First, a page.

One of the most highly anticipated sets of the festival was Leftover Salmon. The powerful instrumental skills of Drew Emmitt and and Vince Herman. The band set the music for sunset with their rock infused bluegrass. Opening with a welcomed song about the beautiful location, Mulberry Mountain. Hysterical lyrics firing up the audience, “Gunna party, you bring the whiskey, Ill bring the beer.” The Colorado band certainly knows how to embrace the mountain spirit in their music. Speaking with graciousness for their return to Harvest Festival, the band indulged the attendees with a vast diversity of genres created with strings. There was a sense of electric, bluesy, funk flare mixed with traditional bluegrass elements. During the set it was fascinating to see the assortment of music wrapped into this Friday night dance party. There were numerous collaborations with other band's members, Larry Keel graced the stage with his presence mid set. Songs included in their time on stage were “Fighting the Fire Line,” a song commenting on the struggles with wildfires in their home state of Colorado. Other songs were,” Down in the Hallow” and the band even threw in a Rolling Stones cover. The conclusion of their set was intense and powerful. Each instrument was heard precise and clear, none was dimmed or withdrawn. Thanking Yonder Mountain String Band for the party during the encore, Adam, Jeff and Dave came out to join. Captivating guitar rifts and soulful blues music heightened the boogie factor. Yonder Mountain Salmon Band closed out the amazing set while stimulating the attendees for YMSB set next.
The headliners of this gathering took stage next for two sets of knee slapping hysteria. Illuminating the mountain valley with the first chords the crowd began to sway. Performing popular songs right from the get go including, “No Expectations,” “Blue Collar Blues,” into “Pockets.” The performance seamed to expand with the comical banters of mandolin player, Jeff Austin. This band is so vibrant due to the personality they add to the music. Playing tunes that seemed to fit perfectly to the tone of the entire evening, “Half Moon Rising,” made the moon over the mountains that much better. Covers performed with a bluegrass twang was perfected such as, “With a Little Help From My Friends.” Heading straight from the catching cover into “Ramblin' in the Rambler.” Yonder creates bluegrass music which took the audience to a consistent dance party, the perfect weekend release. The set flourished with, “My Gal,” followed by a reprise of, “Rambler.” The set had many surprises and dashes of extra excitement. Crowd pleaser's were thrown out during the entire time on the stage. As the first set came to a close, an intensely jamming “Kentucky Mandolin,” followed by “East Nashville Easter.” As the set ended the questions of what would follow in their next set came to mind.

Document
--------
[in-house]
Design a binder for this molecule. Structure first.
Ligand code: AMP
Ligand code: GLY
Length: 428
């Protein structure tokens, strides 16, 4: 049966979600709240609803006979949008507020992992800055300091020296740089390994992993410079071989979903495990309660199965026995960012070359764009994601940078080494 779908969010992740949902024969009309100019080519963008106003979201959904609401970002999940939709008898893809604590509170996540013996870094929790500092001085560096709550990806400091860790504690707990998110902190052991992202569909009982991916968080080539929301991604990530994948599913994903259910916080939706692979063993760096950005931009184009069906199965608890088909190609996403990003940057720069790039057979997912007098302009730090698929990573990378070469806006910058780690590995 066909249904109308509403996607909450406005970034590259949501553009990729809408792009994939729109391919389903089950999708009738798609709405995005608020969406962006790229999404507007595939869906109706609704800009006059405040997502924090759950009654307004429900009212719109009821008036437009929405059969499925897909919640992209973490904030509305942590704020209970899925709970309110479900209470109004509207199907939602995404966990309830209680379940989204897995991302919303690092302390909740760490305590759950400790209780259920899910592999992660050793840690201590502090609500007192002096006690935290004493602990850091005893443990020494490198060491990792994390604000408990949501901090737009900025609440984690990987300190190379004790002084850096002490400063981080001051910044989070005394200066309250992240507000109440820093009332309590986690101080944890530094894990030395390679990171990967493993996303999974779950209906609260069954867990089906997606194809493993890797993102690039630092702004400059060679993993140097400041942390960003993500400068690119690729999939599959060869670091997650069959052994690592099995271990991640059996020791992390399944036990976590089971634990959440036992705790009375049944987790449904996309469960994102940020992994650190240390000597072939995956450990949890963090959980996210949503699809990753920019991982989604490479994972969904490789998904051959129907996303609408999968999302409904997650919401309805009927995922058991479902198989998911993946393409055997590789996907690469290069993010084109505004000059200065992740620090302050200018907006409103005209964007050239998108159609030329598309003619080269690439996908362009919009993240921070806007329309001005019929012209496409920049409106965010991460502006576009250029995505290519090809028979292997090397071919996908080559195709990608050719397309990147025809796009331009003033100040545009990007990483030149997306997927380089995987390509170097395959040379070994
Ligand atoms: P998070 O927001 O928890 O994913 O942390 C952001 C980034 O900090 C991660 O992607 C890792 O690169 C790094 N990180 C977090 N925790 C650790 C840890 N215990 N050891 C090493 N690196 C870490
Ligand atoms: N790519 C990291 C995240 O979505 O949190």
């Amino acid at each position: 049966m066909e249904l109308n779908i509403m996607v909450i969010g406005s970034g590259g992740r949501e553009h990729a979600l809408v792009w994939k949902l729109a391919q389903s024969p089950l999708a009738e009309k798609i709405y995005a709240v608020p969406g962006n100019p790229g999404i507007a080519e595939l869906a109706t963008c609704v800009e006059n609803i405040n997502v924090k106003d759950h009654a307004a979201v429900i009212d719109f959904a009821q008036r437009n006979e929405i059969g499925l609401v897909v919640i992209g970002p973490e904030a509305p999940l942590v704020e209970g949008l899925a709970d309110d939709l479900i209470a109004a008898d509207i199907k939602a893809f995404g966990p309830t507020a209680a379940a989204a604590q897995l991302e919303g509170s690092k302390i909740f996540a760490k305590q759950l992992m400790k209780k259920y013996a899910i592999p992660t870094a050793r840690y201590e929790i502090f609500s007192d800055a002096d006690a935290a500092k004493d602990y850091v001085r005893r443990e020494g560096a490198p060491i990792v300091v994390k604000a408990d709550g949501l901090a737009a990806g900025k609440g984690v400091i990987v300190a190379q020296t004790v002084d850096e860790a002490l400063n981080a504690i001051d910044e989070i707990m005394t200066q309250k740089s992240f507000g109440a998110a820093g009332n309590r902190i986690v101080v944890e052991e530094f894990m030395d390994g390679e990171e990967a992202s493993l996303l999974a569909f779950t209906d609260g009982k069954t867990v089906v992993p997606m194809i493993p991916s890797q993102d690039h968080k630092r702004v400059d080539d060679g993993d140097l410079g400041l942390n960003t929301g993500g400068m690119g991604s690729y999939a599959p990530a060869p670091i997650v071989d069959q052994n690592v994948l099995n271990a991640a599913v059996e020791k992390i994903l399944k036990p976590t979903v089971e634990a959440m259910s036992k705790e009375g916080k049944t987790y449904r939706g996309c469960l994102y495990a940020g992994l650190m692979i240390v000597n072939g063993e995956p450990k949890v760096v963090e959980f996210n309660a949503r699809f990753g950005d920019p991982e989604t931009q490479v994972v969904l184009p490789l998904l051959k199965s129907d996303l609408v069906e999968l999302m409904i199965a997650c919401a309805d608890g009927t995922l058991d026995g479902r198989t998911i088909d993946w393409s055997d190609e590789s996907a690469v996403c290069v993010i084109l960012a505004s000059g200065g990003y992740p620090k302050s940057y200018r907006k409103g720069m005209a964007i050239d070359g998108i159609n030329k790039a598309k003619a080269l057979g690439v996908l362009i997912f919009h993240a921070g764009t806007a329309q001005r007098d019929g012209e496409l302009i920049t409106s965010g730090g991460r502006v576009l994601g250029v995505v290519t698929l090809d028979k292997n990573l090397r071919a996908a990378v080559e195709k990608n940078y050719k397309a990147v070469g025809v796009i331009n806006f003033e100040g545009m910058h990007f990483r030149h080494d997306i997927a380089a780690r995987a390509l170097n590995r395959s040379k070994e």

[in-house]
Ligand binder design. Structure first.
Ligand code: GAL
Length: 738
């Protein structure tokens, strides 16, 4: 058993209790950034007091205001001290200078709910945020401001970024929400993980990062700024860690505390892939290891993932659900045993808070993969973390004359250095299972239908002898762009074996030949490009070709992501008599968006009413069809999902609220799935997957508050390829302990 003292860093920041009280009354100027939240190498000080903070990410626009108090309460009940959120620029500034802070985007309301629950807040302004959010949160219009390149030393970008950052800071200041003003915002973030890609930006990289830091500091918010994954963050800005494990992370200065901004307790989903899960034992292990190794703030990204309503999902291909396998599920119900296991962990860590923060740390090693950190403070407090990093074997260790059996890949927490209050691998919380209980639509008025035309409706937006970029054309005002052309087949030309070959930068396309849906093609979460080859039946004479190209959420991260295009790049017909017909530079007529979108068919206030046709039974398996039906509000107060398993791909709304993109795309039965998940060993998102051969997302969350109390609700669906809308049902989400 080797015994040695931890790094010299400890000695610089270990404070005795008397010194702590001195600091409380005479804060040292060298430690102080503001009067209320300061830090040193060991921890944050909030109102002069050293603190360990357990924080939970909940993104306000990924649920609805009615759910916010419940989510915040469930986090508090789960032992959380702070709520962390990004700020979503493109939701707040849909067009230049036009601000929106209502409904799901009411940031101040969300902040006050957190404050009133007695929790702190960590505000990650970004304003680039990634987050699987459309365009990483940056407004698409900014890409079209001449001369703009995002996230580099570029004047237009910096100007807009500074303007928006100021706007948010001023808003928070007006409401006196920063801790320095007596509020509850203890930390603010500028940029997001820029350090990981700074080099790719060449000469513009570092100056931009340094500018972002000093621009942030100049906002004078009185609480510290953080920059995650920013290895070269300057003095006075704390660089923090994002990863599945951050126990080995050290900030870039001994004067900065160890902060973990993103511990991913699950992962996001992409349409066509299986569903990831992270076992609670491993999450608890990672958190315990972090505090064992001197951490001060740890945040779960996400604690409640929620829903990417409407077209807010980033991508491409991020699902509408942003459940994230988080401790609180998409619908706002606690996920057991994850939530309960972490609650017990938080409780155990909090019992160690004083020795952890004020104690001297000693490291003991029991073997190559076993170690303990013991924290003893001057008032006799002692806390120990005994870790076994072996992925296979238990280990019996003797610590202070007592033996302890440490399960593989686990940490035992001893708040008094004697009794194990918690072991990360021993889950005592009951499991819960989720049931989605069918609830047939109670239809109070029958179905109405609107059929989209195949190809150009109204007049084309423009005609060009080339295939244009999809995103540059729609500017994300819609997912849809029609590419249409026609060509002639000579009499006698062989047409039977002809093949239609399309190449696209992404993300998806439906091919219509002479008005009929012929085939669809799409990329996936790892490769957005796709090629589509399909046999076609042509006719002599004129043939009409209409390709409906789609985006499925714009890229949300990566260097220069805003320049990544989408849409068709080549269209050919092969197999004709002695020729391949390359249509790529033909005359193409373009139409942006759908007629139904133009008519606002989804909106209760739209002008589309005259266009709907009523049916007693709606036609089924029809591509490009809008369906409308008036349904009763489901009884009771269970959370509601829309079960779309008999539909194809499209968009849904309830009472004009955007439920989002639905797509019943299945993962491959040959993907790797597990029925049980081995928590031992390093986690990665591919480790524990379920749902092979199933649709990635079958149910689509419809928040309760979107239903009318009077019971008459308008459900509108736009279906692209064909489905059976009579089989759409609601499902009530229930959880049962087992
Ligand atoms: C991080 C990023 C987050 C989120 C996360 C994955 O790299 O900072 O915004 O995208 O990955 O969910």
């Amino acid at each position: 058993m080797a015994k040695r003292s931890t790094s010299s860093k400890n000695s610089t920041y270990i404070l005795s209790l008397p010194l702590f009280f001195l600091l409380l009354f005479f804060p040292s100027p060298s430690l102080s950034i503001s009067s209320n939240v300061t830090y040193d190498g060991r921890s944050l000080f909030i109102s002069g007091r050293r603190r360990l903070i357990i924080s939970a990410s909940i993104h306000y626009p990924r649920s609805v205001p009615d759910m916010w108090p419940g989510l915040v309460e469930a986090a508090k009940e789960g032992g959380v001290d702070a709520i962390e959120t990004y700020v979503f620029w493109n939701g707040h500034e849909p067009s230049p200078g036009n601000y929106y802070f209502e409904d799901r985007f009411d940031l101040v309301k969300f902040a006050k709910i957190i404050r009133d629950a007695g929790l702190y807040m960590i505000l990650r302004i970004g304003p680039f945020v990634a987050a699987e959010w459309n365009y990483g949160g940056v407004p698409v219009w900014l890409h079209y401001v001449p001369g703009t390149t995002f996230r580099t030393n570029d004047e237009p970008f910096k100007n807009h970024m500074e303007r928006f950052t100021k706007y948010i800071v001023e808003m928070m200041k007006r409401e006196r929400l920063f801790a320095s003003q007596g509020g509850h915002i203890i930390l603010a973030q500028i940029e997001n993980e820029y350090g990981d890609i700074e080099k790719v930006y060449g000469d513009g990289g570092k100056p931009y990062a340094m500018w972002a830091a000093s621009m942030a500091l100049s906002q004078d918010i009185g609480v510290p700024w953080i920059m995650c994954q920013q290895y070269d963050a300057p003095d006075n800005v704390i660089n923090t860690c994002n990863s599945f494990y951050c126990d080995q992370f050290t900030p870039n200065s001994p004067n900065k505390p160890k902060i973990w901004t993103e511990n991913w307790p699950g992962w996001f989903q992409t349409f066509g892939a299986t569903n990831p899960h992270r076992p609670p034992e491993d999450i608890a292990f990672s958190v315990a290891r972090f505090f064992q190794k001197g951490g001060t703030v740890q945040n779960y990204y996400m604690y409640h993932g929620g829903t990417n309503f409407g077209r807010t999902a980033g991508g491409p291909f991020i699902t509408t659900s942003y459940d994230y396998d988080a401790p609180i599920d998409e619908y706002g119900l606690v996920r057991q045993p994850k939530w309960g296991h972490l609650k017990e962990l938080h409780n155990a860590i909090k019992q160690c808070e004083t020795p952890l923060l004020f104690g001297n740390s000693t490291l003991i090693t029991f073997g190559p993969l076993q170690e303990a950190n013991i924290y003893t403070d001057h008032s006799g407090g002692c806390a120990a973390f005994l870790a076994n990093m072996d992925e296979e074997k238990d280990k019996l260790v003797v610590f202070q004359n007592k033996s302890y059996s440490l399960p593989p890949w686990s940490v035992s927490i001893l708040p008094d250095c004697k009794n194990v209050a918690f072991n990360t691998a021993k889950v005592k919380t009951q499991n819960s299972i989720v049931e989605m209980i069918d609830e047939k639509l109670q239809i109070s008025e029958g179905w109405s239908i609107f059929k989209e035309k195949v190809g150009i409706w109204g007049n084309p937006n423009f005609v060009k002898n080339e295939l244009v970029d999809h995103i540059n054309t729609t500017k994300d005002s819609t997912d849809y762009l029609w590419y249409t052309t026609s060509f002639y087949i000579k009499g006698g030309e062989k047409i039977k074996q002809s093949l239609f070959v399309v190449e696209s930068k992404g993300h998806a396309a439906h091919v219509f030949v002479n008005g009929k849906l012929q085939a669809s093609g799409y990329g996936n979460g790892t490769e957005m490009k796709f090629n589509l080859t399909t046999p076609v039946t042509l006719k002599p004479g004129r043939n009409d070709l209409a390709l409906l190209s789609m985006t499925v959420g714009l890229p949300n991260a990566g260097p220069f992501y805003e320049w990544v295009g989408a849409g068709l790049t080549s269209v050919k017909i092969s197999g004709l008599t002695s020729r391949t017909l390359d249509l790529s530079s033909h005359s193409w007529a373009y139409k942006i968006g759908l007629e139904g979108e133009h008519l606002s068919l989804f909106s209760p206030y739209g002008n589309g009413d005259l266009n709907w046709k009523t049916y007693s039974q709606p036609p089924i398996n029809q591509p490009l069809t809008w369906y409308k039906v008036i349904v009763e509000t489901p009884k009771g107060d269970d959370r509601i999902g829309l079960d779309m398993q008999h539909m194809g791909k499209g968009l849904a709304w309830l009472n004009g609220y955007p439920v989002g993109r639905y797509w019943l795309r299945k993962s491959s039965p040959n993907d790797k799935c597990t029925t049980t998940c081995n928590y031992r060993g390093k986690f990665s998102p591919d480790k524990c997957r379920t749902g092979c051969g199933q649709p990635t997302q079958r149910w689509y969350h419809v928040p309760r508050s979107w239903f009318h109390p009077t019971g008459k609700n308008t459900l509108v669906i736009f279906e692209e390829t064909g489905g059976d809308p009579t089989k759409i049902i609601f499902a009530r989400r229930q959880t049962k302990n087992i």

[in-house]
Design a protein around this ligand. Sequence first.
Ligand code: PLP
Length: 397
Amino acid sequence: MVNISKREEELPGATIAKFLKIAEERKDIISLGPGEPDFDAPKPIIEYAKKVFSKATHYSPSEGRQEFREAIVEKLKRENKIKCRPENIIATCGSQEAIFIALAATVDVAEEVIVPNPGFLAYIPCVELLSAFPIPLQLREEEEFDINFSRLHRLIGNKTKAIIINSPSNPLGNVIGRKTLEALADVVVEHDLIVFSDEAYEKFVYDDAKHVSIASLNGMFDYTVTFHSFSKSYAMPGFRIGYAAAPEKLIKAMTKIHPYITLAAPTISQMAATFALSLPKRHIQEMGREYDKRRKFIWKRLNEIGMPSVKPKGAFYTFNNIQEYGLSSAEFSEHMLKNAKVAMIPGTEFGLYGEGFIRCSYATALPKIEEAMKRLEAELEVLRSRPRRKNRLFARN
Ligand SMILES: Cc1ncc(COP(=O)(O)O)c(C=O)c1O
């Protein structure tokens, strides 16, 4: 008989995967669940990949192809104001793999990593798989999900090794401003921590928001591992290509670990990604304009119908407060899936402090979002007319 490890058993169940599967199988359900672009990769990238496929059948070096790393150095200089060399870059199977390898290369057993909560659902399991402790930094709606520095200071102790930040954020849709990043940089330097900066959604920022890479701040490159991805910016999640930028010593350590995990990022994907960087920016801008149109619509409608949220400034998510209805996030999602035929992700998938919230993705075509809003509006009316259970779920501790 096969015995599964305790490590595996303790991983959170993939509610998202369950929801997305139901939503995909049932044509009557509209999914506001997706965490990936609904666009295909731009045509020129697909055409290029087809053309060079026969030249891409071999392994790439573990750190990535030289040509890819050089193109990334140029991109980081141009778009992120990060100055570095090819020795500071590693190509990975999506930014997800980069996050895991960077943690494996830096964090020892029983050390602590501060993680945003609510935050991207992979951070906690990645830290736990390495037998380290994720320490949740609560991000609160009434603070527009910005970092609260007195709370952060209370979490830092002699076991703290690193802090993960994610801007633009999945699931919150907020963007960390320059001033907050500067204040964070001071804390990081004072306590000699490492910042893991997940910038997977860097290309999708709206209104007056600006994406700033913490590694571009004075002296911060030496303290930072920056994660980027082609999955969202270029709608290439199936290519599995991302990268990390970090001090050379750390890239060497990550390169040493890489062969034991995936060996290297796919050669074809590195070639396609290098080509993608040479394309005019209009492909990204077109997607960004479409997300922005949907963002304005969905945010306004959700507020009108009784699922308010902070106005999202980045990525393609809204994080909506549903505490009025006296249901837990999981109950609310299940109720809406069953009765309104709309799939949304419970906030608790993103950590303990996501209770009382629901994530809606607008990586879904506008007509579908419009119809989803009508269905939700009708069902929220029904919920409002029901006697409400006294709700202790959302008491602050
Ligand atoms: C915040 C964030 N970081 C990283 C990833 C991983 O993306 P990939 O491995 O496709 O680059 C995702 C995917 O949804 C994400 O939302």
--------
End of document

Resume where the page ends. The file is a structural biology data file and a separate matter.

Returning to the stage, the enthusiasm in the crowd for the music was very powerful. The relaxed yet appreciative attitude was felt from the band as the intro began. The song “Ten,” was played straight off. The set flowed into “Years with Rose,” going back into,”Ten.” Building up within the set, the songs were each moving to the audience. Songs included in the second set were favorites such as, “Man of Sorrow,” “Finally Saw the Light” as well as “Angel.” An ace thrown into the set was the song, “Two Hits and the Joint Turned Brown.” Comical lyrics with a catchy rhythm lit up the crowd. As the set moved forward, Yonder began to show appreciation to the band Leftover Salmon for they were credited for several members migration to Colorado. Once said, Leftover Salmon joined the stage for a Dead cover, “New Speedway Boogie.” It was a treat to see these talents collaborate on the stage to sum up a phenomenal set of songs. Concluding with, “If You're Ever in Oklahoma,” along with a hopping song,”Boatman's Dance.” They left the stage, only to return for round two Saturday night. The bluegrass of the evening was nowhere near the end as the late night performances began.
Succeeding automatically in the Harvest Tent was a Cornmeal late night performance. One truly captivating aspect to this band is the way they deliver during late night appearances. They know how to truly jam and combine popular songs of the band while showing off their impressive instrumental skills. All you could do is dance, it was perfect to stand under the stars, or under the tent with the lights highlighting the tone of the strings. Quoting band member, Wavy Dave Burlingame, “Its so nice to be here, so many faces smiling again.” It was nice to be there, especially for the conclusion of their set as Allie Kral belted out a country twang conclusion. The evening drifted on as Dirftfoot took to the late late night, only to energize the attendees for the final day.
Saturday October 16th
By the time Saturday rolled around spirits were high and attendees dove into the music on the last day. Oakhurst came out kicking off the music on the main stage. The Denver based band filled their set with a homely bluegrass vibe. It was a fabulous way to begin the day especially due to the addition of a comical song about eggs on your face. They added a unique flare covering the Wilco song, “Handshake Drugs.” Spreading positivity in their lyrics, the main message was adored by this band when commenting on our social responsibility to take care of mother earth and clean up after ourselves. The last day of music on the mountain was sunny and off to a dreamlike start with a clear blue sky and wisps of white clouds over the landscape.